Freddie Mercury was ‘challenging to work with but wonderful’ – Brian May new interview

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Brian May has been busy promoting various new projects over the past few weeks. The recent release of new album and film, Queen + Adam Lambert: Live Around the World, gave the band yet another Number One hit. May has also been working on a side-project in aid of Breast Cancer, I Am Woman, featuring four West End leading ladies. Of course, everybody still wants to know about the legendary guitarist’s friendship and work with Freddie Mercury. SCROLL DOWN TO LISTEN TO FULL INTERVIEW

Brian was asked what it was like working alongside Freddie all those years.

He said: “Challenging and always entertaining. He was a very unpredictable guy but wonderful to work with. 

“He had a great spatial awareness, and that’s something very important. If you’re working with people on a stage, you need to have musical contact, but you also need the kind of physical chemistry going on — the awareness of where you are and where you’re aiming your energy. Freddie was wonderful for that, and we just clicked from the very beginning.

While Brian praised his bandmates’ extraordinary talents, he mentioned that Freddie had worked hard to make the best of his voice and abilities.

He said: “From the days when he was very much a trainee singer. He had all the presentation, he had that connection, and it was his amazing kind of skill that he managed to bring himself up to the point where he was using his talent to the best end.

“He really did work on himself. He was an incredible self-made man, I would say.”

Brian had previously admitted that he wasn’t sure Freddi was right for the band in the beginning.

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Brian said: “In the beginning we liked Freddie, but we weren’t convinced he could do it. He would dash around and scream his head off and seemed completely out of control.”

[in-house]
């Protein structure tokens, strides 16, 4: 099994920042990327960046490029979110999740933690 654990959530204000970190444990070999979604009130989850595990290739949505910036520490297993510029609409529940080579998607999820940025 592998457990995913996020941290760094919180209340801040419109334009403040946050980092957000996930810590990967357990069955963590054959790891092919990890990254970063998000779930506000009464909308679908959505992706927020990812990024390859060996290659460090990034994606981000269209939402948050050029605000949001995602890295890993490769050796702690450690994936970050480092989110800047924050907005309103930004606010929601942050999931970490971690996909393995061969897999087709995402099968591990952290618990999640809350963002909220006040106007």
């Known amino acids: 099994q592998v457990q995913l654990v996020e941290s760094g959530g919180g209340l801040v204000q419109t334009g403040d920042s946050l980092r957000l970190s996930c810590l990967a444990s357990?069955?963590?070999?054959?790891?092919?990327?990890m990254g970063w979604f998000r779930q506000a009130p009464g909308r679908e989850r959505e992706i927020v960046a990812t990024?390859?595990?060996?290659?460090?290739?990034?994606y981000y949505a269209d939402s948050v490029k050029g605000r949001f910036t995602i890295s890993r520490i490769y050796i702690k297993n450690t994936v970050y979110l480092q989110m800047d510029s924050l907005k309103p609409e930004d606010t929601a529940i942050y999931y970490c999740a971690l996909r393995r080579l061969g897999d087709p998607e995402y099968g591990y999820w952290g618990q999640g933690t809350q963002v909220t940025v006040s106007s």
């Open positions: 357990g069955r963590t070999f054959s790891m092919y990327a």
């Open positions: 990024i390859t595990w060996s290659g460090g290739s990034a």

Queen’s Roger Taylor also said that when he first saw Freddie when he was front alt-rock group Ibex, he thought “Good on showmanship, not sure about the singing.”

Taylor later described his bandmate as sounding like a “powerful bleating sheep” in the very early days.

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In the new interview with Talk Radio, Brian also admits the band were sure that it was over when they lost Freddie on November 24, 1991.

He said: “We had this feeling that if one of us went then the band was over.

“For years I went driving around the country and other countries too, and if I saw an arena, thinking, ‘Ah yeah, we used to do that. Never going to do that again.’ And actually it wasn’t my intention or Roger’s to go back to it…” 

Brian added: “But things happened. I bumped into Paul Rogers, who was a hero of mine and we did a gig together… We ended up going out on tour with him, Queen plus Paul Rogers and it felt great.

“It came to a natural end and again we thought, ‘OK, we don’t need to do this anymore. We’ve done it and it wouldn’t be right to keep on doing it.’

“Anyway, along comes this guy called Adam Lambert! Suddenly it’s a no-brainer. He can do everything we need a frontman to do. He’s not imitating Freddie but he’s very much a parallel talent, in terms of his expertise as a singer.”

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